TAMPA — It's the kind of high-dollar fund-raising event thrown routinely during the campaign season by avowedly partisan organizations and individuals.
But the Tampa Bay Partnership pitches itself as a group of top business leaders, "working together to create a more unified, competitive and prosperous region."
So a kerfuffle has arisen over a $2,500-per-person fundraiser Sept. 26 that the partnership is coordinating to benefit the state Senate campaign committee of the Republican Party of Florida. The partnership held a similar event for the committee in January.
Democrats argue that it's inappropriate for the partnership, funded by dues from members including Tampa General Hospital and the University of South Florida, to dip into partisan politics.
But Partnership President and Chief Executive Rick Homans denied the organization has become a partisan group.
It's boosting Republicans, Homans said, only because the Tampa area stands to gain if the GOP holds onto its state Senate majority. The reason: The next two Senate presidents would hail from the region — incoming President Bill Galvano of Bradenton followed by Wilton Simpson of Trilby.
Invitations to the Sept. 26 event were sent recently to members of the partnership and other Tampa business leaders from Rhea Law, an attorney and prominent Republican fundraiser who's chairwoman of the partnership's governing board.
"Senator Galvano has asked me to convene leadership from our business community to help Republicans maintain their slim Senate majority," the invitation said.
Law said Galvano and Simpson can "advance our region's most important priorities, including the funding of regionally significant transportation infrastructure."
One of the invitations went to prominent Tampa Democratic fundraiser Alex Sink, a former bank executive, state chief financial officer and unsuccessful candidate for governor.
Sink said charitable groups including the United Way and the Community Foundation have funded partnership projects in the past.
"Our community is represented by both Republicans and Democrats," she said. "It seems to me highly inappropriate that they're engaged in party fundraising. I'd say the same thing if they were raising money for Democrats."
In an interview, Homans said the partnership would take the same approach, too, if the other political party stood to advance the priorities of the Tampa Bay region.
"If the tables were turned," he said, "and it were Democrats in these same positions, we would be doing the same on behalf of the Democratic leadership."
In July, the partnership weighed in on the future of CareerSource Tampa Bay, the jointly run workforce development agencies that ousted their executive director earlier this year. In June, the partnership joined a delegation that visited Houston to learn more about developing local workforce talent.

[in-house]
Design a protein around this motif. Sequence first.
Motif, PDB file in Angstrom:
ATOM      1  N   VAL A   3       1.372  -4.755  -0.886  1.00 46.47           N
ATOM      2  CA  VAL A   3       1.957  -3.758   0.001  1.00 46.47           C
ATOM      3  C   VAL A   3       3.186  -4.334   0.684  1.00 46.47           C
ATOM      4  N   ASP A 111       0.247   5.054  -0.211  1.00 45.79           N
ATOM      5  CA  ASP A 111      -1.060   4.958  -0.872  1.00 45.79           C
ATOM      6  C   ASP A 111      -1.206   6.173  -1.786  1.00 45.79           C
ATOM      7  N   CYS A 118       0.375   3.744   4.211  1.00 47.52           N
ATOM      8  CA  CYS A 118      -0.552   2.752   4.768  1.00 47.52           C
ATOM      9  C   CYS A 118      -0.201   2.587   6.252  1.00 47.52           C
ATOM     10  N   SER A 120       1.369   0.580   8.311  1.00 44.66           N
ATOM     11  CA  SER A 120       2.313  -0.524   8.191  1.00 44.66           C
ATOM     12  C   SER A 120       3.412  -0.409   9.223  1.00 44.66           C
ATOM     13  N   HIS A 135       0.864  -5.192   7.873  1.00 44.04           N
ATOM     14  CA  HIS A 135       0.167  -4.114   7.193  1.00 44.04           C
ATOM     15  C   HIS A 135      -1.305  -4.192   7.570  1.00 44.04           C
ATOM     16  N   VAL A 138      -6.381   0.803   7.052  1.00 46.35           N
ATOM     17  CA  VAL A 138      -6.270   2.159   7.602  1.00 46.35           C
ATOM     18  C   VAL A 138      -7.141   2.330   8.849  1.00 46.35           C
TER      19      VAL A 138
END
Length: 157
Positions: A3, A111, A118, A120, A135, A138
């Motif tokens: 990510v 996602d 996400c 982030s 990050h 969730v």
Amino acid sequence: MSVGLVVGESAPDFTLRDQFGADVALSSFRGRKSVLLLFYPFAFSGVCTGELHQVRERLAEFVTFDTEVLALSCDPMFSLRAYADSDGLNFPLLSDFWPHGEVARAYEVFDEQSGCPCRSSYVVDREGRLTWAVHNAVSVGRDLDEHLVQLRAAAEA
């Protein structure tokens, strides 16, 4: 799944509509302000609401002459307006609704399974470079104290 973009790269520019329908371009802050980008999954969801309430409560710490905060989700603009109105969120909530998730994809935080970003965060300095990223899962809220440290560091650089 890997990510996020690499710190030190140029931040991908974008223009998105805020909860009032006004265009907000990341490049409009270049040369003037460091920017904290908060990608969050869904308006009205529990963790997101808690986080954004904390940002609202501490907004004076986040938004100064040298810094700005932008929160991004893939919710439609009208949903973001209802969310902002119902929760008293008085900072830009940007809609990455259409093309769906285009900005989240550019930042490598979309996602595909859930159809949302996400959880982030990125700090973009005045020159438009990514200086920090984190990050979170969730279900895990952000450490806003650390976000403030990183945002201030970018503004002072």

But the partnership changed its mission in 2016 from a focus on economic development to "public policy and advocacy," and eliminated membership and funding from government agencies to allow for possible political advocacy.
Today, the organization has about 40 members, mostly private corporations that pay dues of $25,000 a year — or $50,000 for membership on the governing board.
Homans said those companies can take tax deductions for their dues but must exempt the portion the organization uses to pay for lobbying.
He said the organization has not actually made any contribution to the GOP's state Senate committee. Costs of fundraisers usually are reported as in-kind campaign contributions, but Homans said other companies provided the food and beverages for the January fundraiser and he expects the same in September.
The GOP committee has given $302,691 in this election cycle to Sen. Dana Young, R-Tampa, who faces a challenge from Democratic state Rep. Janet Cruz. It has given Sen. Tom Lee, R-Thonotosassa, $50,000, and Sen. Jeff Brandes, R-St. Petersburg, $206,057.
As a 501(c)(6) organization under the Internal Revenue Code, the partnership can legally spend some money on political activity.
Homans said the political fundraising was discussed "at length" by the governing board beforehand.
Members of the board include USF President Judy Genshaft, TGH President John Couris and at least two executives with significant interest in spending by local public agencies — Tampa Bay Rays President Brian Auld, who is working on a financing plan for a new stadium, and Strategic Property Partners leader Jeff Vinik, whose company is spearheading the $3 billion Water Street Tampa project downtown.
Couris, Vinik and Auld declined through spokesmen to comment on the partnership's GOP fundraising.
Genshaft said through spokesman Adam Freeman that she "has established a track record of working productively with elected officials from all political parties," and won't go to the September event. She added that USF's partnership dues are paid for with privately donated USF Foundation money, not public funds.
The incoming Senate Democratic leader, who likely would become Senate president if Democrats were to win a majority, is Sen. Audrey Gibson of Jacksonville.
For that to happen, Democrats would have flip five seats during the Nov. 6 general election — a prospect that is seen as unlikely.